# Scientific

## Diffusion, Reaction, and Biological pattern formation

We first consider the topic of biological patterns and then place it in the context of developmental biology and positional information. The example of the fruit fly (Drosophilla) development is used to motivate the basic questions. We next consider how chemical interaction coupled to diffusion can give rise to pattern formation. We discuss Turing's (1952) theory for pattern formation and derive the conditions for this to happen in a system of two interacting chemicals. Returning to the fruit-fly example, we observe that the mechanism for development (based on reading the level of bicoid protein) has been shown to be distinct from a Turing pattern

## Mathematical Cell Biology Summer Course Lecture 19

Data Analysis Methods

## Mathematical Cell Biology Summer Course Lecture 18

- Combining mechanics and biochemistry
- Application of scaling to deciphering a molecular mechanism
- Actin and cytoskeleton assembly
- Actin dynamics in the (1D) cell lamellipod
- Continuity (Balance) eqs and Reaction-Diffusion eqs (PDEs)
- Bicoid gradients

## Mathematical Cell Biology Summer Course Lecture 17

Cell Mechanics #5: Membranes. Canham-Helfrich energies, the

Monge representation, Metropolis-Hastings simulation for thermal

fluctuations. Antigen bonds in T cells [Allard et al 2012 Biophys J].

## Models of T cell activation based on TCR-pMHC bond kinetics

In order for an immune cell, such as a T-cell to do its job (kill virus infected cells) it must first undergo an activation event. Activation requires the encounter of the cell surface T-cell receptors (TCRs) with bits of protein that are displayed in special complexes (peptide-MHC complexes) on the surface of a target cell. all cells of the body display such p-MHC complexes, but in normal circumstances only those perceived as infected will be destroyed by T-cells in the process of immune surveillance. In this seminar I will describe both theoretical and experimental work aiming to understand the events that culminate in the activation of the T-cell.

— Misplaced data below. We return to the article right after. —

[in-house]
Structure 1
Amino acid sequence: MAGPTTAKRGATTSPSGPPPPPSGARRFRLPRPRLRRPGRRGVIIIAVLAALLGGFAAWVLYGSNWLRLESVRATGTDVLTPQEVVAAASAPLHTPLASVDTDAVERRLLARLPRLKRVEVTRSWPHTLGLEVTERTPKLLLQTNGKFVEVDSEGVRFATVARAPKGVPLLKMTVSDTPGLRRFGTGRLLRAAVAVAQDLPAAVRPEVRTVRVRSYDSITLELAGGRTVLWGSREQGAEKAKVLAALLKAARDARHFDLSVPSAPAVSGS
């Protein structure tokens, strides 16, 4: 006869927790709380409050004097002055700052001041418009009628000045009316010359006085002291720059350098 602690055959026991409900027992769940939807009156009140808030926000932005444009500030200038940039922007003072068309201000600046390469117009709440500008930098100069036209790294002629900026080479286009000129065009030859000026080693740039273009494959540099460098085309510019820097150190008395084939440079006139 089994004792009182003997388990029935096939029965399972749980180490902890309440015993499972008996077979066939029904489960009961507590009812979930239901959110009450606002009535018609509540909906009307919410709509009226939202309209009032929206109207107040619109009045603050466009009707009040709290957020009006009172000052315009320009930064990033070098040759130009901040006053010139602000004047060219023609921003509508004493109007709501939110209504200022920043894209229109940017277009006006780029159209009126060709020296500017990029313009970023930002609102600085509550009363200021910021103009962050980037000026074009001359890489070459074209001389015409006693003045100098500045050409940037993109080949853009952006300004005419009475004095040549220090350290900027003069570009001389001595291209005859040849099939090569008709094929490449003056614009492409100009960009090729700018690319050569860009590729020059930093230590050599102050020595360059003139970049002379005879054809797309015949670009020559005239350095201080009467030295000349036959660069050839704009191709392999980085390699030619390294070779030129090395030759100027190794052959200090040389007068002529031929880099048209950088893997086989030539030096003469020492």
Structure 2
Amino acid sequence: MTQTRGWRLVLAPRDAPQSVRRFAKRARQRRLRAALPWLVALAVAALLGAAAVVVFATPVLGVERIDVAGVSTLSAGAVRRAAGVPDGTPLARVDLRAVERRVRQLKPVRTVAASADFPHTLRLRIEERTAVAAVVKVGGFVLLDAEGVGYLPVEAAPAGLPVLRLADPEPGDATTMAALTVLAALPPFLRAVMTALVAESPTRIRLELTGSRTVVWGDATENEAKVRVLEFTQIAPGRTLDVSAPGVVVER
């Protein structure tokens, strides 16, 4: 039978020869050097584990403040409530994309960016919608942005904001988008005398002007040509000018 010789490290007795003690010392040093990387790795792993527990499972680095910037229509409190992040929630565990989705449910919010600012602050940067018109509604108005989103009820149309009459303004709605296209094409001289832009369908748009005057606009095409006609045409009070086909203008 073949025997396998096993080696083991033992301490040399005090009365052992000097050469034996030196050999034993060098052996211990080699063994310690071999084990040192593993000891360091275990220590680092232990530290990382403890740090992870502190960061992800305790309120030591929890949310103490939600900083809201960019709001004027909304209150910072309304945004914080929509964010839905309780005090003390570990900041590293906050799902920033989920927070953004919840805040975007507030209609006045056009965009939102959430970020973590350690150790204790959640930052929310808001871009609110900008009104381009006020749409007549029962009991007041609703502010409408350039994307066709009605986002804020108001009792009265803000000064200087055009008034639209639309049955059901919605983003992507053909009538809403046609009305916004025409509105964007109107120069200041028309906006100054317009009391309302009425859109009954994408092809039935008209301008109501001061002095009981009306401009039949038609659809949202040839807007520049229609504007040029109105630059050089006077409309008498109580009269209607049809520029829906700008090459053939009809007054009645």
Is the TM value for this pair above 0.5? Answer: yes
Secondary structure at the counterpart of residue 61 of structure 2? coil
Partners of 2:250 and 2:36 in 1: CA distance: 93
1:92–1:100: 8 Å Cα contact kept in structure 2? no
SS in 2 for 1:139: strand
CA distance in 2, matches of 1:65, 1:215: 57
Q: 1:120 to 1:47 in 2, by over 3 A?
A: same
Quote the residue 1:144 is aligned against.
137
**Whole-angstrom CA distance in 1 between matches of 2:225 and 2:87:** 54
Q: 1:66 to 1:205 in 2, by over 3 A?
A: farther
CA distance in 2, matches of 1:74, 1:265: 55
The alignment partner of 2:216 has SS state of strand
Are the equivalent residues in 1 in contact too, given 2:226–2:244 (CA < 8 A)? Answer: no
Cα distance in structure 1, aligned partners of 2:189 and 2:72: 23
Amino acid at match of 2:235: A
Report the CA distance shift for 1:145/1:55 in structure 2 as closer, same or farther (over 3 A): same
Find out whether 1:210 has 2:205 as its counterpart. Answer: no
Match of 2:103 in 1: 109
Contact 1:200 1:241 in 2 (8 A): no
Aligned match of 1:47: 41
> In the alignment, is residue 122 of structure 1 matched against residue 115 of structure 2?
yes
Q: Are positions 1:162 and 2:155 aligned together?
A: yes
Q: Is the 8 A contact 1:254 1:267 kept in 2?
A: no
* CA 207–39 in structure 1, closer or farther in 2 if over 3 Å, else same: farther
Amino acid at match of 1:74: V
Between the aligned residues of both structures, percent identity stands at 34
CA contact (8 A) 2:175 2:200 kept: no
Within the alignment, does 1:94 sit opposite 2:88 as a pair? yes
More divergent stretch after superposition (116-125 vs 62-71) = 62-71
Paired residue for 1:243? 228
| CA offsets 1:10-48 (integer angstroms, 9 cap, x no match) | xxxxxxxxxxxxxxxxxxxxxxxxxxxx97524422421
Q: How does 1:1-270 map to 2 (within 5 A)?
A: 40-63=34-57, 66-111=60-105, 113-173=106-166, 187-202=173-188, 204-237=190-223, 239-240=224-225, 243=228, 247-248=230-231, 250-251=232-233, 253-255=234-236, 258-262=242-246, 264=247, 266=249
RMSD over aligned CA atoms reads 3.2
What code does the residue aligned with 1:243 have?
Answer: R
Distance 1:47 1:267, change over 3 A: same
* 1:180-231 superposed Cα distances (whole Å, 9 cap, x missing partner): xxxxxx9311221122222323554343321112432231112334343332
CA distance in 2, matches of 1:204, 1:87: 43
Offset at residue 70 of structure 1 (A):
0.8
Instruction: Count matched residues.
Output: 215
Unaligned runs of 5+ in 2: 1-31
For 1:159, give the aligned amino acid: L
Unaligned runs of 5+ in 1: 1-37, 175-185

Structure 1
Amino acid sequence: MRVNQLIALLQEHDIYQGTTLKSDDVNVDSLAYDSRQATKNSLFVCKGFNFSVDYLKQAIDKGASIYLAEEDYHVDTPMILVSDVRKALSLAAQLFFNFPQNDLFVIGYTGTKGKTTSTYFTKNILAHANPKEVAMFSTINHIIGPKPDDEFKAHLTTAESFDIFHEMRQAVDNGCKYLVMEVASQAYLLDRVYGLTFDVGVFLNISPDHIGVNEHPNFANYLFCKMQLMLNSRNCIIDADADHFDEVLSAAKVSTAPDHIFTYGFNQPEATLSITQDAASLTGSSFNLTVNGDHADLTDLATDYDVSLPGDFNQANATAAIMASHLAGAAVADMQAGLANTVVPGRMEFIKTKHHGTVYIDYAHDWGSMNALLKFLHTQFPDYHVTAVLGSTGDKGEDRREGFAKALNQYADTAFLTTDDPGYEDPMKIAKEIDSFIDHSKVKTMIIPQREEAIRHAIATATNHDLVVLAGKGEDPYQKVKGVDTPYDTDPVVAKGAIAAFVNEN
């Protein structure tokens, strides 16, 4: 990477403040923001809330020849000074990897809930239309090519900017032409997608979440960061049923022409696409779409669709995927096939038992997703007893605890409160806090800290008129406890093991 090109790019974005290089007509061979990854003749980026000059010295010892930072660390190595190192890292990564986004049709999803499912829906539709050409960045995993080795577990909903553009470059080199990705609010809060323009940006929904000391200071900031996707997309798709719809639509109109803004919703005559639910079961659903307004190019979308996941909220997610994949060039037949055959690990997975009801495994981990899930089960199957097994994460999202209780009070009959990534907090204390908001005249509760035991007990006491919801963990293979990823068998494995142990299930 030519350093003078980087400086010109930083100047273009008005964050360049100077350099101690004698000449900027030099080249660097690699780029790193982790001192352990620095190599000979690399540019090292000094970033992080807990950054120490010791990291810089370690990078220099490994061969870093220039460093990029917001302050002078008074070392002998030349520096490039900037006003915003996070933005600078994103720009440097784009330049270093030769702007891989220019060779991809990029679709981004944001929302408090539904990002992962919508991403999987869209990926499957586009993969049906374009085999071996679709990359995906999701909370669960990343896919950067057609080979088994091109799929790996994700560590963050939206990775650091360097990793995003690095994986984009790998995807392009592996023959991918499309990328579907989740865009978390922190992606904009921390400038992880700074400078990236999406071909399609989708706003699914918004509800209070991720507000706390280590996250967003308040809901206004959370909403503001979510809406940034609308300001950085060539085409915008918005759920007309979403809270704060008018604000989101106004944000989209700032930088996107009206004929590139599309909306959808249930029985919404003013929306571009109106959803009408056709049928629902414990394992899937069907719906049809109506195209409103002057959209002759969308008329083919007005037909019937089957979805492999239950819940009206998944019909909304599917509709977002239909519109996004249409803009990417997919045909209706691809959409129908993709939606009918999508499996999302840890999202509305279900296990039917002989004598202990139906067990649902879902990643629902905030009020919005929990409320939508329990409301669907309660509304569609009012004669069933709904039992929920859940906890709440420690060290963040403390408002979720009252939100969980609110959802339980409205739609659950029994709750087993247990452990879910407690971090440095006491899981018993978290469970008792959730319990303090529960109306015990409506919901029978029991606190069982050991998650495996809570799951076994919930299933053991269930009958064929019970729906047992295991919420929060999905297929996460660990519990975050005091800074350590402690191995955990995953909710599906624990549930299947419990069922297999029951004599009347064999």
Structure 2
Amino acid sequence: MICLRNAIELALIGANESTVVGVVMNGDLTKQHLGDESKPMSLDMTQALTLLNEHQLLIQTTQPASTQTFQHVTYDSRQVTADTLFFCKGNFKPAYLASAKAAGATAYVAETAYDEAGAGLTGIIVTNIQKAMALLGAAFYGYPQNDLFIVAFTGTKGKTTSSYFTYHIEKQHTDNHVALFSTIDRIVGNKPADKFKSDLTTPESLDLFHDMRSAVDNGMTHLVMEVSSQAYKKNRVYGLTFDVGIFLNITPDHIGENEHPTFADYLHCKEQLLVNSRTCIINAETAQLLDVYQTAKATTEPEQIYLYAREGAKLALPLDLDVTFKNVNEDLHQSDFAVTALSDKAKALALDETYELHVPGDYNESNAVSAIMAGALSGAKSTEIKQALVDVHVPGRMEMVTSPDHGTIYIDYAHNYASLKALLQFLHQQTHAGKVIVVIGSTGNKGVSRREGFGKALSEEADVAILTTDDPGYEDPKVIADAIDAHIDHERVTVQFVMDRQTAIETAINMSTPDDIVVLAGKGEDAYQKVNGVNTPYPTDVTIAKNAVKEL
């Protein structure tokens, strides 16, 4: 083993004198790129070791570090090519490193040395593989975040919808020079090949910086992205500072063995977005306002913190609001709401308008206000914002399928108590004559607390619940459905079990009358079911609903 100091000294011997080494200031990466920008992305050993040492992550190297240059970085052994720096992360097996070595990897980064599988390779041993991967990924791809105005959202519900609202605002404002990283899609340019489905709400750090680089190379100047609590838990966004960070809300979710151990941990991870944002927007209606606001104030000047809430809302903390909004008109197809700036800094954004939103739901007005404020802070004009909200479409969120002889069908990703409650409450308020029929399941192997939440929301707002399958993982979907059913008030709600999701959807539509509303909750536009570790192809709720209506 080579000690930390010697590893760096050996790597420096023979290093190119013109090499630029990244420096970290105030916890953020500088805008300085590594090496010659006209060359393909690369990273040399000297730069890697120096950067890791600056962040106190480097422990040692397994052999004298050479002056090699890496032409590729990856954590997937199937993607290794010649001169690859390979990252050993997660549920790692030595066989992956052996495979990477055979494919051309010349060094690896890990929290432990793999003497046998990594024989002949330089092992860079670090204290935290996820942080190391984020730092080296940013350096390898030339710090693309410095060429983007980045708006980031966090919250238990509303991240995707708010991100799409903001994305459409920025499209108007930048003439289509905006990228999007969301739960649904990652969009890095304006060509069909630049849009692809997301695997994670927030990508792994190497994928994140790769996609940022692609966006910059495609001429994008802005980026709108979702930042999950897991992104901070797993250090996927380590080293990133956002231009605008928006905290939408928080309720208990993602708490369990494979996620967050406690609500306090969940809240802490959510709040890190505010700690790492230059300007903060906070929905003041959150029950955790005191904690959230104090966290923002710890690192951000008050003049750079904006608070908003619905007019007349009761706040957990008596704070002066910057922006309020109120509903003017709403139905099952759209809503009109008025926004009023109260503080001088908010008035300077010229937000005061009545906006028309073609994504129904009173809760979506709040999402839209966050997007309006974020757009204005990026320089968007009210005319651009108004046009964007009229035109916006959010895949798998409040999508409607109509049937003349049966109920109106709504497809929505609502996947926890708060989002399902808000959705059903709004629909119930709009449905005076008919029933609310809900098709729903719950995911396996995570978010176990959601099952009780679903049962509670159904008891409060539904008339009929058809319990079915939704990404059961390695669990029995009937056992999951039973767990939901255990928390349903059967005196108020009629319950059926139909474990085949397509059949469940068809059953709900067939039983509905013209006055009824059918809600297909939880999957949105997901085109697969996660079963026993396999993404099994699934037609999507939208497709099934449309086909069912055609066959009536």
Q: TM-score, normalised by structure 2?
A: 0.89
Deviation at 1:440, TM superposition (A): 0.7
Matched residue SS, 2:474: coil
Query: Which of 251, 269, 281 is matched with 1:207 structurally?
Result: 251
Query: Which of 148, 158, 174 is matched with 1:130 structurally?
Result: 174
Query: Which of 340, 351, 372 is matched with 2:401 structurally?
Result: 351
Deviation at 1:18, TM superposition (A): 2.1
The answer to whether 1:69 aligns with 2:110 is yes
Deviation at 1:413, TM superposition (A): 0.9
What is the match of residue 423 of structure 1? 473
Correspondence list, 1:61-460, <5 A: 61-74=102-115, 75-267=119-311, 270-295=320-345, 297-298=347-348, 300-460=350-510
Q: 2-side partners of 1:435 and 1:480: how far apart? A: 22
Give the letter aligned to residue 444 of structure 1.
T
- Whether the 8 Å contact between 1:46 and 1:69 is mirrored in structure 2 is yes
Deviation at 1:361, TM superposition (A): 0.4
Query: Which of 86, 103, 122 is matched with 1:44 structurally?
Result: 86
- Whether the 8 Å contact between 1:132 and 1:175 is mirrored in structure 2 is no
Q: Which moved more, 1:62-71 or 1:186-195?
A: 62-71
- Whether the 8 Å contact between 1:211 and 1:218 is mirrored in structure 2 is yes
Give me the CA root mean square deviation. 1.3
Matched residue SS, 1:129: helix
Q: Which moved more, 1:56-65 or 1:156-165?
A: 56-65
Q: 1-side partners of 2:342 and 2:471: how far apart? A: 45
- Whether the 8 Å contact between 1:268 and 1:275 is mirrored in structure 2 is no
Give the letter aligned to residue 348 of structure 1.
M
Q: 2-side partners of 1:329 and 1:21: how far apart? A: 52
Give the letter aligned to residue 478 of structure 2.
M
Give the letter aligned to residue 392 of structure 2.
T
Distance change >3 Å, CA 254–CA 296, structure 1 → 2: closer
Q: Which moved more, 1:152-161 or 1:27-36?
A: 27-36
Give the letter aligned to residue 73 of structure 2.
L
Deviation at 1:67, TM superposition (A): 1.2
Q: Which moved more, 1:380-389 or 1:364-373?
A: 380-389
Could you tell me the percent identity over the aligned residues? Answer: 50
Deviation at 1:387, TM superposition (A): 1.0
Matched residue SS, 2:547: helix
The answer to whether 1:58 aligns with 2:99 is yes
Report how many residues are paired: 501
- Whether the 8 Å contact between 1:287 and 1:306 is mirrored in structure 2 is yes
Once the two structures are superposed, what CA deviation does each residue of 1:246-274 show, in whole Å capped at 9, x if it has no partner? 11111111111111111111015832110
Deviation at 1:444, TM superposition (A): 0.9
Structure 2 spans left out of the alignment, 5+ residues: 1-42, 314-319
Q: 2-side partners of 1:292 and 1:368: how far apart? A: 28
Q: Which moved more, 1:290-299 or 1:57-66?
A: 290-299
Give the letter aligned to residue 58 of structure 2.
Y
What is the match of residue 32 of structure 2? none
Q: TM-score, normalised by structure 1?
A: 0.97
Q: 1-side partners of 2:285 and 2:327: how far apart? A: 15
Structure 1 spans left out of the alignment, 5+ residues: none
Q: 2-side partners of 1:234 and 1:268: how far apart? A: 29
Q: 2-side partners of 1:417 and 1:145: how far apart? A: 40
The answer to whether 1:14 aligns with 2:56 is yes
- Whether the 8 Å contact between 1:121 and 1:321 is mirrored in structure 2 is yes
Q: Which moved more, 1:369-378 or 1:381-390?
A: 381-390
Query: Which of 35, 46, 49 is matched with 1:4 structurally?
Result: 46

## Mathematical Cell Biology Summer Course Lecture 16

- Cell biology imaging techniques
- 1. Introduction: Basic optics | Phase contrast | DIC | Mechanism of fluorescence | Fluorophores
- 2. Fluorescence microscopy: Fluorescent labelling biological samples |

Epifluorescence microscopy |

Confocal fluorescence microscopy - 3. Advanced techniques: FRAP | FRET | TIRF | Super-resolution imaging

(time permitting) - 4. FRAP data and modelling integrin dynamics

## Mathematical Cell Biology Summer Course Lecture 15

Cell Mechanics #4: Applications of thermal forces. Elastic

Brownian ratchet [Mogilner and Oster 1996 Biophys J]; Pulling by a

depolymerizing microtubule, master equations in discrete state space

[Peskin and Oster 1995 Biophys J]; Gel symmetry breaking [van der

Gucht et al 2005 Proc Natl Acad Sci].

## Microtubules, - polymer size distribution - and other balance equation models

I introduce the differences between microtubules and actin biopolymers, and describe the growing and shrinking phases (with catastrophe and rescue transitions). The equations for polymer size distributions are explained and related to balance equations in a more general setting. The generic 1D balance equation is derived, and special cases of transport and diffusion are explained in both continuous and discrete settings.

## Mathematical Cell Biology Summer Course Lecture 13

Cell Mechanics #3: Thermal forces. Z-rings in a liposome

[Cytrynbaum et al 2012 Phys Rev E]; Fokker-Planck equations, the

Einstein relation and the principle of detailed balance;

Diffusion-limited attachment, Kramer rate theory, Bell~Rs Law;

Dimer-level microtubule assembly and Gillespie stochastic simulation

[vanBuren et al 2002 Proc Natl Acad Sci].

## Introduction to polymerization kinetics

To understand the cytoskeleton, it helps to also gain some background in simple polymer assembly, and the mathematics used to describe it. Here I review a succession of elementary models for polymers of various types starting from a mixture consisting only of subunits, called monomers. I point out that the accumulated polymer mass over time depends on the type of underlying assembly reaction. The idea of critical monomer concentration is introduced, and shown to arise as a consequence of scaling the models. We then consider the specific case of actin polymers and show that treadmilling (growth of one end and shrinkage of the other) can occur at a particular concentration. Growth of actin filaments at their tips in discussed in the context of a transcritical bifurcation. I introduce the Mogilner-Oster thermal ratchet and its relation to cell protrusion caused by actin filament polymerization against a load force.